LONDON (Reuters) - Half of all people of South Asian, African and African Caribbean descent living in Britain will develop diabetes by age 80, scientists said on Monday in research which also points to an alarming future for rates of the disease in Africa and Asia.
In the first study to reveal the extent of ethnic differences in the risk of developing type 2 diabetes, researchers said it seems a "Westernised" lifestyle of urban living with a poor diet and a lack of exercise could prove "toxic" for many British blacks and Asians.
The study, which tracked 5,000 Londoners for more than 20 years, found that by age 80, twice as many South Asian, African and African Caribbean men and women had developed diabetes compared with Europeans of the same age.
This means that approximately half of all South Asians, Africans and African Caribbeans in Britain will develop the disease by age 80 compared with only one in five of European descent, the researchers said.
"I think people underestimate the size of the problem," said Mike Knapton of the British Heart Foundation (BHF), who was not involved in the study but commented on it at a briefing in London. "This is a huge number of people...and it causes a significant problem both for the individuals themselves and for the health service."
Type 2 diabetes is a long-term condition characterized by insulin resistance that affects around 2.9 million people in Britain and, according to the World Health Organization (WHO), more than 310 million people worldwide.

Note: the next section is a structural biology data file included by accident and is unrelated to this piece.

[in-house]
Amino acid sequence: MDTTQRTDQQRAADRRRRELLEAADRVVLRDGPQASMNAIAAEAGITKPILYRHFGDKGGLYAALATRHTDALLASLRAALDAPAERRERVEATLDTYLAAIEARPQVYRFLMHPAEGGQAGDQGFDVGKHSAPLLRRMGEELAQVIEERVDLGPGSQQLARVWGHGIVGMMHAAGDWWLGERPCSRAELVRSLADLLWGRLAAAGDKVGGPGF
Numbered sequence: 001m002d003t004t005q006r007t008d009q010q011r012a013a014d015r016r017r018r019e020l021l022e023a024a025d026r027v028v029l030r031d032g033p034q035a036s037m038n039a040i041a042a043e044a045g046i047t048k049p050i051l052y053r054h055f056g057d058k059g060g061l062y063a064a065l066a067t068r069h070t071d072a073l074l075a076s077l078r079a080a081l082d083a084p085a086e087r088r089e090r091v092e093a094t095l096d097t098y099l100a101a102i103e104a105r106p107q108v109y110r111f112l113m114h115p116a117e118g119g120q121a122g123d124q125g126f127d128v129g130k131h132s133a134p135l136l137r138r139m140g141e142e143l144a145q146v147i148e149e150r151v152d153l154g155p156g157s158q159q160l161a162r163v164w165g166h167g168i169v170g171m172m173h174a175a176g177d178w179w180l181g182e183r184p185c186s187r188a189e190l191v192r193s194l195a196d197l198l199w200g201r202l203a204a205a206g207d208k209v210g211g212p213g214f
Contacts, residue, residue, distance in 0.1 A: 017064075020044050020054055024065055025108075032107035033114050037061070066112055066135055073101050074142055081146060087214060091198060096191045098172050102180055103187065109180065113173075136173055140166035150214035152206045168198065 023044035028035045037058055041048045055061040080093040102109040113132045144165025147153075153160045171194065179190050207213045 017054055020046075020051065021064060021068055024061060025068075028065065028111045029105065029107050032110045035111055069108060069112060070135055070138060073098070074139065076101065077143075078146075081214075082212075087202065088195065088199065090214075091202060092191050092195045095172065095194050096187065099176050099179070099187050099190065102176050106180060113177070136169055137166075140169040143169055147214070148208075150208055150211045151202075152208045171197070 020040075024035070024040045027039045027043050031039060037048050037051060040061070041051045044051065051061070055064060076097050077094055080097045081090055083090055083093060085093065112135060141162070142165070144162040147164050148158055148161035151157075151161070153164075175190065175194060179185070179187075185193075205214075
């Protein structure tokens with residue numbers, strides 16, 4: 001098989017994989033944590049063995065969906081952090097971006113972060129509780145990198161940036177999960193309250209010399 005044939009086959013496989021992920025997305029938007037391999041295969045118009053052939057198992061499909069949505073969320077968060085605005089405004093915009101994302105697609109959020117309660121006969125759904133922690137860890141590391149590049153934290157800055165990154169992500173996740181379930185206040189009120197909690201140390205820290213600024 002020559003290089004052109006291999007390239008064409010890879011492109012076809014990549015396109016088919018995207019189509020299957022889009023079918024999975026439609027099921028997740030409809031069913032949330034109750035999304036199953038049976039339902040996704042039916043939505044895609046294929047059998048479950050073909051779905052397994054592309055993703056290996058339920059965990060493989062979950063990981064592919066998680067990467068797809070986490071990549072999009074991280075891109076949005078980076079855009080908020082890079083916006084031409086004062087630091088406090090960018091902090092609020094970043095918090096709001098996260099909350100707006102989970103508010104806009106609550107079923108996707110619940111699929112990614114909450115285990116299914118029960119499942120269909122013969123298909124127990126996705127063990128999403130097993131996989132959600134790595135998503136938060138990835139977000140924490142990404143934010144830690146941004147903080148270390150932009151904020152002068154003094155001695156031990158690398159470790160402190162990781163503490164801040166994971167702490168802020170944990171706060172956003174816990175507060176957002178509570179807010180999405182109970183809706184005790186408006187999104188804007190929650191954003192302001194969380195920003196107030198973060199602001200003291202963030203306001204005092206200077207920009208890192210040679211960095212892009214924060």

In the UK, an estimated 11.9 billion pounds ($19.1 billion) a year is spent on treating diabetes and its complications which include heart attacks, strokes and kidney disease and blindness.
Health experts have known for some time that people of South Asian, African and African Caribbean descent in Britain are at higher risk of becoming diabetic in mid-life, but they were not clear why, or whether the extra risk continues as people age.
URBAN ENVIRONMENT IS "TOXIC"
For the study, published in the journal Diabetes Care, researchers led by Nish Chaturvedi at Imperial College London looked at people aged between 40 and 69 who did not have type 2 diabetes, and from 1988 recorded those who developed the disease.
The team found that while Africans, African Caribbeans and Europeans tend to be diagnosed at around the same age of 66-67 years, South Asian men were five years younger on average when diabetes was diagnosed, meaning they are at even greater risk of complications.
The study also found that people who have increased resistance to the effects of insulin, as well as those who carry fat around the middle of the body when they are middle-aged, are at higher risk of developing the disease.
The researchers said their findings suggested the higher rate of diabetes in some South Asian and African Caribbean women is due to greater rates of obesity and higher resistance to insulin, which helps the body process sugar.
Chaturvedi said diets rich in high-calorie foods, combined with lifestyles which include little physical exercise, were the main factor behind the increased rates. "The urban environment is a toxic environment," she told the briefing.
Therese Tillin, also from Imperial, said the findings highlighted "astonishingly high risk of diabetes in middle-aged people in our ethnic minorities" and should serve as an early warning for countries in Asia, Africa and the Caribbean for what might come as populations adopt Westernised, urban lifestyles.
A WHO report in May showed rates of chronic diseases like diabetes and heart disease are already rising fast in poorer regions such as Asia and Africa as lifestyles and diets change.
($1 = 0.6240 British pounds)
(Reporting by Kate Kelland, editing by Diana Abdallah)